Magazine article The Spectator

Half-Truths and Evasions

Magazine article The Spectator

Half-Truths and Evasions

Article excerpt

Once they'd mastered it politicians congratulated themselves on their skills at evading questions in interviews; perhaps they still do. What they don't seem to realise is that this is rebounding on them whenever they appear on radio or television. They're now so adept at not answering questions that the listener and viewer are left to assess the degree of prevarication and smarminess and in a curious way this serves to tell us more about the interviewee than honest answers might have done in the first place.

Vestey's smarmometer, which is trundled out periodically, particularly during election campaigns, goes off the scale when Tony Blair and Gordon Brown appear on the radio. The hapless Europe minister Keith Vaz is a close third but as he is forbidden to answer questions of any kind the smarmometer is currently unable to measure his performance. Brown is now impossible to interview. He produces set-piece speeches which roll on and on defeating attempts to ask supplementaries, as he did on Today one morning last week. He is beyond interviewing.

Listeners to Today emailed the programme afterwards demanding that he never appear again so dreary was his contribution. And if he doesn't like a question, such as John Humphrys asking for his reaction to Blair's remark that he intended to be prime minister throughout the next Parliament, he will say that he couldn't be expected to answer that. Why shouldn't he be expected to? It's a perfectly fair question in view of the deal the two reportedly made for Blair to stand down in favour of Brown between this election and the next. However, there is some fascination in waiting for the slip-up that never comes, that is to say, hearing him actually answer a question.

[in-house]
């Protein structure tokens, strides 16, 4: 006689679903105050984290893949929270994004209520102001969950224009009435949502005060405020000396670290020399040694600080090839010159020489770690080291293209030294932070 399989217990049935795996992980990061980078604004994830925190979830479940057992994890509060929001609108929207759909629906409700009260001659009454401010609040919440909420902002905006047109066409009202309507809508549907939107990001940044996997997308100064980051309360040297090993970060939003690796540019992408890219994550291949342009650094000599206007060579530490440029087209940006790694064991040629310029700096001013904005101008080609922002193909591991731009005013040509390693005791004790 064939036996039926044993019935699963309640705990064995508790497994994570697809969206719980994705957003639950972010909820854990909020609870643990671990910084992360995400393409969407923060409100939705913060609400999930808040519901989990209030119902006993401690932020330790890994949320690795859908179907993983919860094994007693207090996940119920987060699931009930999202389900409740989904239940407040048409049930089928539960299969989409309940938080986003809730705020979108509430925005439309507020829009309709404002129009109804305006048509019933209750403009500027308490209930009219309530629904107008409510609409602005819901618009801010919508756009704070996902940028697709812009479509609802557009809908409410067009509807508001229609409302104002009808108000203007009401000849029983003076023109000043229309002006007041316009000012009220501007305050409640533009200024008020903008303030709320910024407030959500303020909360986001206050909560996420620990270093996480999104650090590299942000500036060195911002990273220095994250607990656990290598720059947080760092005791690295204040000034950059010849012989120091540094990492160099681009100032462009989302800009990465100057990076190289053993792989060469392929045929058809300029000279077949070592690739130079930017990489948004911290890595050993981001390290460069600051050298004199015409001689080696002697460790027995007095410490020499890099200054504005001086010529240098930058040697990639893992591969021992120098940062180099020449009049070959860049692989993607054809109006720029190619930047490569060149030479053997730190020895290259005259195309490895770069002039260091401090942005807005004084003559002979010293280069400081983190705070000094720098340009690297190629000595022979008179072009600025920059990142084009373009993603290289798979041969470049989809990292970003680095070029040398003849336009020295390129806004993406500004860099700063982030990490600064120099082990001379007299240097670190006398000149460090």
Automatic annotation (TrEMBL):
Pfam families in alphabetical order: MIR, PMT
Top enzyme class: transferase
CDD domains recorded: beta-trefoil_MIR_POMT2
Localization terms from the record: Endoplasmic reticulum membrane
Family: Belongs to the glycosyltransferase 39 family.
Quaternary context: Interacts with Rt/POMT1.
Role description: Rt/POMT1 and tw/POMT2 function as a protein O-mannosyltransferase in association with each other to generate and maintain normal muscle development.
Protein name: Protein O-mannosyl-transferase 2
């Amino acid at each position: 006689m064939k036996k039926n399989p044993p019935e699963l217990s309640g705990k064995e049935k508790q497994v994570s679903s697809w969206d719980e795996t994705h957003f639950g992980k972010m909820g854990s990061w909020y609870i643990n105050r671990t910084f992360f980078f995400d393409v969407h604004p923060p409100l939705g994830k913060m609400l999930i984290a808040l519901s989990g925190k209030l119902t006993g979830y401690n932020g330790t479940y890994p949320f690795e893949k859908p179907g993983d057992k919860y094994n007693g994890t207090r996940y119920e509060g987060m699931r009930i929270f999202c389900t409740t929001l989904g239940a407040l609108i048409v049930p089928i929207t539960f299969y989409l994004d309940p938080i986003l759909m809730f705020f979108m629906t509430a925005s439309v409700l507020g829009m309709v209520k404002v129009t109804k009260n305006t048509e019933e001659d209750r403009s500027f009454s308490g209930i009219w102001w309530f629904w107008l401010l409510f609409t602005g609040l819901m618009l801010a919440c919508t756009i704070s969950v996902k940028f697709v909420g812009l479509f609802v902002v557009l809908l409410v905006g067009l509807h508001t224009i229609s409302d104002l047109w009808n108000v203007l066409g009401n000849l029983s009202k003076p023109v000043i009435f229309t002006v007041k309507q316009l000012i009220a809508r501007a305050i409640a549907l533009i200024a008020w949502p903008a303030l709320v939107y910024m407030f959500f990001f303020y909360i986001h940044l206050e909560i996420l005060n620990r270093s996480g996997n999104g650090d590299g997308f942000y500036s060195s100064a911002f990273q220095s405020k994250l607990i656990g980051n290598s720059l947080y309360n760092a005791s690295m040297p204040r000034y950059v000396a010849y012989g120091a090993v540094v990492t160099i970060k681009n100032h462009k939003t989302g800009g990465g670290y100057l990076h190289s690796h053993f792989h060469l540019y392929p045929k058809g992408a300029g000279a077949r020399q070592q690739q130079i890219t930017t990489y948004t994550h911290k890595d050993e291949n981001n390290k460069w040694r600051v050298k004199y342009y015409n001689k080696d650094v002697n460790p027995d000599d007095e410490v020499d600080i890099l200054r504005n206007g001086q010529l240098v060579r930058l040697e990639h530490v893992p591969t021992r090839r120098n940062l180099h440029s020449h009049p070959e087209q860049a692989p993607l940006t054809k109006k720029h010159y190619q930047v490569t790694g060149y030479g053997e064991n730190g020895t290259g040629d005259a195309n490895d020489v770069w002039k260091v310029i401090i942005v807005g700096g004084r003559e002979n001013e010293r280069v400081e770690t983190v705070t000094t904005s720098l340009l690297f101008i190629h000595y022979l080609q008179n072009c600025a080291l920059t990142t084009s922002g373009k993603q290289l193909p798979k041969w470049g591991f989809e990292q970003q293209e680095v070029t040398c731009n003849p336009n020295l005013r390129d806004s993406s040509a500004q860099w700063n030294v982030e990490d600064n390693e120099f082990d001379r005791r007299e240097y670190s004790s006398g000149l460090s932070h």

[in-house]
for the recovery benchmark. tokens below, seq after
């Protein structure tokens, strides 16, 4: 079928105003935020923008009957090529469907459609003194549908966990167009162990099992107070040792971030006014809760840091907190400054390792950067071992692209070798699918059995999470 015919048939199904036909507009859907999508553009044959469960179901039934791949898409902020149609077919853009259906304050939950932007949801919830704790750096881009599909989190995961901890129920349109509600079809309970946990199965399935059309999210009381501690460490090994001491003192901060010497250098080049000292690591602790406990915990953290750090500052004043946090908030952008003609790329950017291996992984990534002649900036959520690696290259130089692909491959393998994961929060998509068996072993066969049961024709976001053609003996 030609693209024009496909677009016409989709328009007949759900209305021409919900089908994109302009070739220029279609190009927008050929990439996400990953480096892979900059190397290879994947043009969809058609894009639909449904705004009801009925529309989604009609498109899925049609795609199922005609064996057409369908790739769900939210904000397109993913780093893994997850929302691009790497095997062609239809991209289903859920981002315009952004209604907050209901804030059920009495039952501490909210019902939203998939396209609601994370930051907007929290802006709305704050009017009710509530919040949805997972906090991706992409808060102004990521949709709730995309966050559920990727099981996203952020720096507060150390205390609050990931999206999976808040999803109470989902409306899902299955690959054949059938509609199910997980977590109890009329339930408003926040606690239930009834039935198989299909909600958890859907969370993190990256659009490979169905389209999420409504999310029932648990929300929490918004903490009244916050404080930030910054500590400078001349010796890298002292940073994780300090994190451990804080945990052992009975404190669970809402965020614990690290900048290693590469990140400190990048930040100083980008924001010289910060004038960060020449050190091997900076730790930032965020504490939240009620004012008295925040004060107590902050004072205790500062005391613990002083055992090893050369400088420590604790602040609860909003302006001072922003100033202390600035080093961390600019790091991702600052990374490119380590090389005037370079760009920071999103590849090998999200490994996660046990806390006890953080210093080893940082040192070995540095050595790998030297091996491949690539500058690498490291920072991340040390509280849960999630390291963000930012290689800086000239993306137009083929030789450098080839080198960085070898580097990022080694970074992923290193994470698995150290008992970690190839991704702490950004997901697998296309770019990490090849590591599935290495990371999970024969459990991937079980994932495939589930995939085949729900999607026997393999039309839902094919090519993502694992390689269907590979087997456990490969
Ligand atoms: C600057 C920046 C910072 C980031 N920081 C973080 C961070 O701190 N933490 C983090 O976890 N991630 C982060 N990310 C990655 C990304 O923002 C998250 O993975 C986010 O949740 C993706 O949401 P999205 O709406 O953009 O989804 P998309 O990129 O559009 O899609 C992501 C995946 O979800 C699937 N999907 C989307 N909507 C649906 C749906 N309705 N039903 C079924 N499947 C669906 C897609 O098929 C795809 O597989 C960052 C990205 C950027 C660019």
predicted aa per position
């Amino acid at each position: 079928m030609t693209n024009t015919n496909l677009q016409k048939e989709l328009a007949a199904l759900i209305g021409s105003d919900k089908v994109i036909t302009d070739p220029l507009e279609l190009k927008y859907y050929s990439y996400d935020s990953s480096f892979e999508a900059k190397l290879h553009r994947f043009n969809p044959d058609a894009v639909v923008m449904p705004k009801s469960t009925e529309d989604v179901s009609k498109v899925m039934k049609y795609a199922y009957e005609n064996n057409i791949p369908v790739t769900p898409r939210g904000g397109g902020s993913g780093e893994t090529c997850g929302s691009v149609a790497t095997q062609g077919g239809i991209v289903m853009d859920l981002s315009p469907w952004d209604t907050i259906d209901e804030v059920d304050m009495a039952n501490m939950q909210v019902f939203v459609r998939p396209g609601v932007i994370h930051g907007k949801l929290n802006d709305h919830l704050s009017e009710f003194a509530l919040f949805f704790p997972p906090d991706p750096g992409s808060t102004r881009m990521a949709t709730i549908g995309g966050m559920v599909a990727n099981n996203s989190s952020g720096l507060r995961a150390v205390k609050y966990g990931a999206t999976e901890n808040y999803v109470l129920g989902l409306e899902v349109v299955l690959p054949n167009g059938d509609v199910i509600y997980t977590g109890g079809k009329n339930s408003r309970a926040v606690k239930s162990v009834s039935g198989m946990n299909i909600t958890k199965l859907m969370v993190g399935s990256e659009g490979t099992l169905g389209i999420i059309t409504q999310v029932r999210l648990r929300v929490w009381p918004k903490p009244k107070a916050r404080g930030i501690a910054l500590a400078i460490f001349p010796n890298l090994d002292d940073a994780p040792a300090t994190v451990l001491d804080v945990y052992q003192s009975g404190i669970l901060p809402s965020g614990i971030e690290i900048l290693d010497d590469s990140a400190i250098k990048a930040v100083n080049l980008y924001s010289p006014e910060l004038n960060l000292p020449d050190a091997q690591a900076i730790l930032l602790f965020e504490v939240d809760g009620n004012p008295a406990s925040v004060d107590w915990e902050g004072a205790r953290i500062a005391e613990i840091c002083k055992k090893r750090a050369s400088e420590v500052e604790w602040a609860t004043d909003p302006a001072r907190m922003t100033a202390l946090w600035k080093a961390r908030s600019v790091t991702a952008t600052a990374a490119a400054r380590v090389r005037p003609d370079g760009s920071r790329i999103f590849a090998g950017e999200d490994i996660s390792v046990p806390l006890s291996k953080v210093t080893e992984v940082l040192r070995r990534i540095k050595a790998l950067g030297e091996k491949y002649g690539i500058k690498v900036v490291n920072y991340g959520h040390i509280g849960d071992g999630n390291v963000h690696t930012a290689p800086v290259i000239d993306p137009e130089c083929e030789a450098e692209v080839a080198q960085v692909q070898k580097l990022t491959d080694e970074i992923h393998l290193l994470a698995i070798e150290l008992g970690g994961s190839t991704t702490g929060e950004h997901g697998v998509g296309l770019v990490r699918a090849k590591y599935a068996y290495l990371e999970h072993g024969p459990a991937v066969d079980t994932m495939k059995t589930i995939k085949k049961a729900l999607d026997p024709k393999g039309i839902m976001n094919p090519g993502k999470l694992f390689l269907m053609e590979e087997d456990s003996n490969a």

The technique, drummed into them during interview training, is to recite a litany of alleged government achievements, repeat them and then wait for the time to run out. This was what Blair tried on Today on Monday this week. The Prime Minister was sitting in the living-room of his constituency house with Alastair Campbell, both wearing headphones, and talking to John Humphrys in London. He was asked if his government had been purer than pure, something he'd promised before the last election. Blair waffled and then fell back on the need to discuss the 'important' issues, saying the allegations against Keith Vaz and Geoffrey Robinson were not proven, even though both had been rebuked by the Commons committee on standards and privileges, Robinson had been forced to resign as a minister and Vaz will follow once the election is safely out of the way. …

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